"You have to spend as much as you can, and give people options or shares in the business," he continues. "Without the right quality of people you will never grow a successful business.”
Jackson spent 23 years as a director of Sage. During that time, the company’s capitalisation rose from £1m to £2bn. One thing he learned from working there is the importance of managing existing customers better. “Too often it’s all about chasing the next deal, the next big thing, but what Sage was very clever about was concentrating on how it could sell additional products and services to its existing clients. I think too often this is overlooked by businesses.”
As executive chairman of Elderstreet Investments, a company specialising in raising finance and investing in the smaller companies sector, Jackson has come across a wide range of businesses. He says the best ones have sound business models. “That means they aren’t reliant on a small number of large clients; that they are selling stuff that people need rather than simply would like; and that they have a competitive advantage of some sort, either in terms of product or their customer service.”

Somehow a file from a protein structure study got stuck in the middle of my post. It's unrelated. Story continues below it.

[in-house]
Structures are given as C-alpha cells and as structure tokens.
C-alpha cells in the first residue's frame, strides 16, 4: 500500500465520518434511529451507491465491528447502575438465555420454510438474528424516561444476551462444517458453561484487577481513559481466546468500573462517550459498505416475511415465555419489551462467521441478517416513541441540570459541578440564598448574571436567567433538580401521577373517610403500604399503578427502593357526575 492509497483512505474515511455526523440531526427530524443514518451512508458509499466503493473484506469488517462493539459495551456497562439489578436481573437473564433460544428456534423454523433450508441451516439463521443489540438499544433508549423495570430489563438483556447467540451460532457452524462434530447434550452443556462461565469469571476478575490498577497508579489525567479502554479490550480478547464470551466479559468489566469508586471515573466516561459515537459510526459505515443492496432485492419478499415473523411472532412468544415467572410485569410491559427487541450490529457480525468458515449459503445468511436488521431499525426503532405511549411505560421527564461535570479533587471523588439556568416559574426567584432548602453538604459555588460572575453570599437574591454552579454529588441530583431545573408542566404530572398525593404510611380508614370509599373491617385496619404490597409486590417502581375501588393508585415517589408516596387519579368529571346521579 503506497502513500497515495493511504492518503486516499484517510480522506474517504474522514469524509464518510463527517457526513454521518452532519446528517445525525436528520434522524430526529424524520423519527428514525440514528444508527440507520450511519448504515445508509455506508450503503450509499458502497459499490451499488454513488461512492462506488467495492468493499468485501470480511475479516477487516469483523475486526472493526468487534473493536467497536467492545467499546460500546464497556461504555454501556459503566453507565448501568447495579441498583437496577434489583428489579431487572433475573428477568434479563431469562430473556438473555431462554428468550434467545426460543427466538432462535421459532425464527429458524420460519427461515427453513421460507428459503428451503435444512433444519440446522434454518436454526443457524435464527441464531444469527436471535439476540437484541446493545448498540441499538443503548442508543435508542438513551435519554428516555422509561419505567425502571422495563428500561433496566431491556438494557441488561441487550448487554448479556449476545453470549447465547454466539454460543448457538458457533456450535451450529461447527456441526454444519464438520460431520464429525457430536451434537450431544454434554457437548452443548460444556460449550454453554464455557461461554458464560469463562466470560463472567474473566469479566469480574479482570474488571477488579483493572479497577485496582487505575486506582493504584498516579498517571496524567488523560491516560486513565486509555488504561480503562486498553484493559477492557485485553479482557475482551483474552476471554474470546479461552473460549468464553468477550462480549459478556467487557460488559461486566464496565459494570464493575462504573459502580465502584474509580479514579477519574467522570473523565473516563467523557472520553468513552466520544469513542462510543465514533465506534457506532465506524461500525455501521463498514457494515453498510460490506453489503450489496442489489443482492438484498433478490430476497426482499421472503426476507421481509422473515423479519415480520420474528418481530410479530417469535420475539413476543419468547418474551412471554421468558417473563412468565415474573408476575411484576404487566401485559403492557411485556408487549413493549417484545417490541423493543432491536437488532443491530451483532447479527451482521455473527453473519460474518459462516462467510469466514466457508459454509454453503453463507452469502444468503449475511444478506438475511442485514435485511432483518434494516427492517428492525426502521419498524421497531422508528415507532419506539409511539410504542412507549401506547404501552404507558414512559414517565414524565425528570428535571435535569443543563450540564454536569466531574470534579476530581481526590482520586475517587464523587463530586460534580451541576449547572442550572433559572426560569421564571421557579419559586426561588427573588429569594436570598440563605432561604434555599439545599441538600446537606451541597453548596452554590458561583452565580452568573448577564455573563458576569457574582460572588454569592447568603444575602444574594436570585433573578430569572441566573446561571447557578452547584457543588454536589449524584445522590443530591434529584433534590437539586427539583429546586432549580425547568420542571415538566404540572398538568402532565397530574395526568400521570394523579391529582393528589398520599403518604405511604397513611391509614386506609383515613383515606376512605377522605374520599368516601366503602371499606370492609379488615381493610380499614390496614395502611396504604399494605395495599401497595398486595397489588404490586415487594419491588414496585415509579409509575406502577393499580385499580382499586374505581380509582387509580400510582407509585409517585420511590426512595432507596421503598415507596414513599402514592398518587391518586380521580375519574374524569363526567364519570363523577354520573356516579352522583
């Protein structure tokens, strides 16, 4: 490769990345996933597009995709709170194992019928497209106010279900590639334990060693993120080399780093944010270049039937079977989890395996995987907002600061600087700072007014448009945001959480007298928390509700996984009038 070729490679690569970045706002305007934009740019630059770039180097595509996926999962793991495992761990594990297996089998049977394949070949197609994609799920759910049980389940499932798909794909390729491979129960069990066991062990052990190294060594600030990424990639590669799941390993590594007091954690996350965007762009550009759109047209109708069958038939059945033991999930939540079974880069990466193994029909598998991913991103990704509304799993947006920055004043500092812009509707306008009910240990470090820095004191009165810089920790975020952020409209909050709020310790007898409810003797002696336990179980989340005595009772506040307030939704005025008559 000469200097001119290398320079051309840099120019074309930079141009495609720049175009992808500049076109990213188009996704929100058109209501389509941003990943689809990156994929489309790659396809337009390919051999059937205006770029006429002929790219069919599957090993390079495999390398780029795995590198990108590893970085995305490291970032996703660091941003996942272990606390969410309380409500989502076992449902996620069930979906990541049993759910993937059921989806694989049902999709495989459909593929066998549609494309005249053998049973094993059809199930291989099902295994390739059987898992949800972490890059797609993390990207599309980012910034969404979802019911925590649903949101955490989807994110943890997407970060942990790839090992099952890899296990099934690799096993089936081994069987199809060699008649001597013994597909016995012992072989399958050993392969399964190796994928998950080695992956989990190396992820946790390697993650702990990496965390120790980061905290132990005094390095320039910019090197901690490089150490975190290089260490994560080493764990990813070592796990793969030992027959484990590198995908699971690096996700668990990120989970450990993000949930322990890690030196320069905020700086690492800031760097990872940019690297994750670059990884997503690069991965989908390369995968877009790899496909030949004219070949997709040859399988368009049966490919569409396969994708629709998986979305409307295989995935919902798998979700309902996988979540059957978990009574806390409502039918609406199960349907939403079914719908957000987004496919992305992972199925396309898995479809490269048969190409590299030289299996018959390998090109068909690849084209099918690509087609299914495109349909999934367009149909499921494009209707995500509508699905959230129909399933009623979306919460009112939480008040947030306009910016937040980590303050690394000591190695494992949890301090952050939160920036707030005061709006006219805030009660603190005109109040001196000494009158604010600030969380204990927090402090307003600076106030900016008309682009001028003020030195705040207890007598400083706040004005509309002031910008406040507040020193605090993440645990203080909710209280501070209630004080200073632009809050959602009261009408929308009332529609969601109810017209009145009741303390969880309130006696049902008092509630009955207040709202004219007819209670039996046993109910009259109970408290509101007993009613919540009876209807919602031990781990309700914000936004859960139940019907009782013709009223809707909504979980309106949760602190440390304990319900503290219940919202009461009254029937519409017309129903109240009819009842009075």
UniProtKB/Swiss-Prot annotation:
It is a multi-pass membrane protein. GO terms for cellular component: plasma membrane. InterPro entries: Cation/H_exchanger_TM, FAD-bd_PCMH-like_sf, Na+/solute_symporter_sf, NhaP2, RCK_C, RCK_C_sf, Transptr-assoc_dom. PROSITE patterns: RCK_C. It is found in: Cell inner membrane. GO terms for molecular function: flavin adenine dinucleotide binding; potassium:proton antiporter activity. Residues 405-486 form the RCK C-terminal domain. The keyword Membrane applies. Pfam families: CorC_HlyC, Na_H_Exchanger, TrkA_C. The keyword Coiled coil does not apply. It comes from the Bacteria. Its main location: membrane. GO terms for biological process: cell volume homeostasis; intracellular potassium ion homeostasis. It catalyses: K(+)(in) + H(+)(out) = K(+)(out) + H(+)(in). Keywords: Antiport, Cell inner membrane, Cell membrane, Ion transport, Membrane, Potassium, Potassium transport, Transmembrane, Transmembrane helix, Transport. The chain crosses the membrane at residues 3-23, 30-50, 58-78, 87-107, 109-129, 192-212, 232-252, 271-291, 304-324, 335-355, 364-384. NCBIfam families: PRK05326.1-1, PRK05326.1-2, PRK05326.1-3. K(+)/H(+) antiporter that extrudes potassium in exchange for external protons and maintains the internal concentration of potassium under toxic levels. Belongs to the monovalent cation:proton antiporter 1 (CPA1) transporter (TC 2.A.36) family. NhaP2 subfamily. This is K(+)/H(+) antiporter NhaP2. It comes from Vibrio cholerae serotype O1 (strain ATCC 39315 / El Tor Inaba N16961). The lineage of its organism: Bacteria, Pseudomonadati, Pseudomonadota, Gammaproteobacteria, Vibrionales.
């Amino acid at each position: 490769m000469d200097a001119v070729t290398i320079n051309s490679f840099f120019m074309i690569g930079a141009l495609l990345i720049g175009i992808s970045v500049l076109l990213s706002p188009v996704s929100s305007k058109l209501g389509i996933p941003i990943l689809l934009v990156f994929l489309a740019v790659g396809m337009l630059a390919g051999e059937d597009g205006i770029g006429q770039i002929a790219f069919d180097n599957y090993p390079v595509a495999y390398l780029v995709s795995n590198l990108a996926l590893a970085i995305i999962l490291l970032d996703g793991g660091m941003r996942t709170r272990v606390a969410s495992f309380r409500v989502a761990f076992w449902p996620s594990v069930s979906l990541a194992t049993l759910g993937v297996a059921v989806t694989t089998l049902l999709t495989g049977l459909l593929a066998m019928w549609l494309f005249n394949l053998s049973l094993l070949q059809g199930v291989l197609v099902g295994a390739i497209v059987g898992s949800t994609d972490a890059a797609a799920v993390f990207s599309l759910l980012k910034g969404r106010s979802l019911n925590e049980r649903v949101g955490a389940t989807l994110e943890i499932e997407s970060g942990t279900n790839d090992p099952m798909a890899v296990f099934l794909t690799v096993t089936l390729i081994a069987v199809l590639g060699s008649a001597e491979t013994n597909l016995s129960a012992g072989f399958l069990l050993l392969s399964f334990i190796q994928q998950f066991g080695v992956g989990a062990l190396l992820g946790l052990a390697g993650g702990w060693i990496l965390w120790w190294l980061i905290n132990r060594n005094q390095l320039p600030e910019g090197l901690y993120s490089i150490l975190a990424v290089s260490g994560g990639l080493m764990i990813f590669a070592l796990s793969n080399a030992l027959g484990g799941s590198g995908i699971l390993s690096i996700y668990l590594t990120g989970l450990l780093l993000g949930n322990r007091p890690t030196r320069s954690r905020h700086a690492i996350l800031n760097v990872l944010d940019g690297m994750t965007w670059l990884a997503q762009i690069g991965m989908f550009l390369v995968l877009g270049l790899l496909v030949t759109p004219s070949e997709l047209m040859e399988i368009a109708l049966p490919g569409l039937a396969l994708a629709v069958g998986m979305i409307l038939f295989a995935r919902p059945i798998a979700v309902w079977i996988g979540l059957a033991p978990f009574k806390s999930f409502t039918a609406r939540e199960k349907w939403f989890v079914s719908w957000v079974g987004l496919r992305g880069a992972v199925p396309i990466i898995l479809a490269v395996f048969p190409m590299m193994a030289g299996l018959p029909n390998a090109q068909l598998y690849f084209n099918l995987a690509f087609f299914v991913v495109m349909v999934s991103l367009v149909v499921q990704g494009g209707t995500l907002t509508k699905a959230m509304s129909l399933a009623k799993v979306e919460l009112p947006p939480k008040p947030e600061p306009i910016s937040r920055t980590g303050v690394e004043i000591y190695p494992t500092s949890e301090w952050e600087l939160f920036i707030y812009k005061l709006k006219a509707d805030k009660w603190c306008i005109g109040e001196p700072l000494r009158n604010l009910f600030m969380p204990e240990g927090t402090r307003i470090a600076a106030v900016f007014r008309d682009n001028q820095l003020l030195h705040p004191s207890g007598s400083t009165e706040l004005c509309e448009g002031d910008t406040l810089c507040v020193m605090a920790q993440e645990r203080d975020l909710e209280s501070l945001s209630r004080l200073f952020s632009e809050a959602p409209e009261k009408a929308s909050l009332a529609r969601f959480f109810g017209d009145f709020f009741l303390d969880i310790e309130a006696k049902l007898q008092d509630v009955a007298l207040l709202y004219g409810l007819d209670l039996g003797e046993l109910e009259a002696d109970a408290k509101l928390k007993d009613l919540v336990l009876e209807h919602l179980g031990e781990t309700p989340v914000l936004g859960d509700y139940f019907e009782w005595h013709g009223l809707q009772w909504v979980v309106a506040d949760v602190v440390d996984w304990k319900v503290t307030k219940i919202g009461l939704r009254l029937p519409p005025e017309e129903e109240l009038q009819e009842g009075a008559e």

Jackson is a director and investor in many other quoted and unquoted companies including Planit Holdings, Netstore, Computer Software Group and Micromuse Inc. He says some companies fall down by over-complicating what they do. “Doing a few things well is important,” he says. “And so it’s important to be disciplined.”
This is an extract from Secrets of My Success, by Jamie X Oliver. Available at all good book shops and online.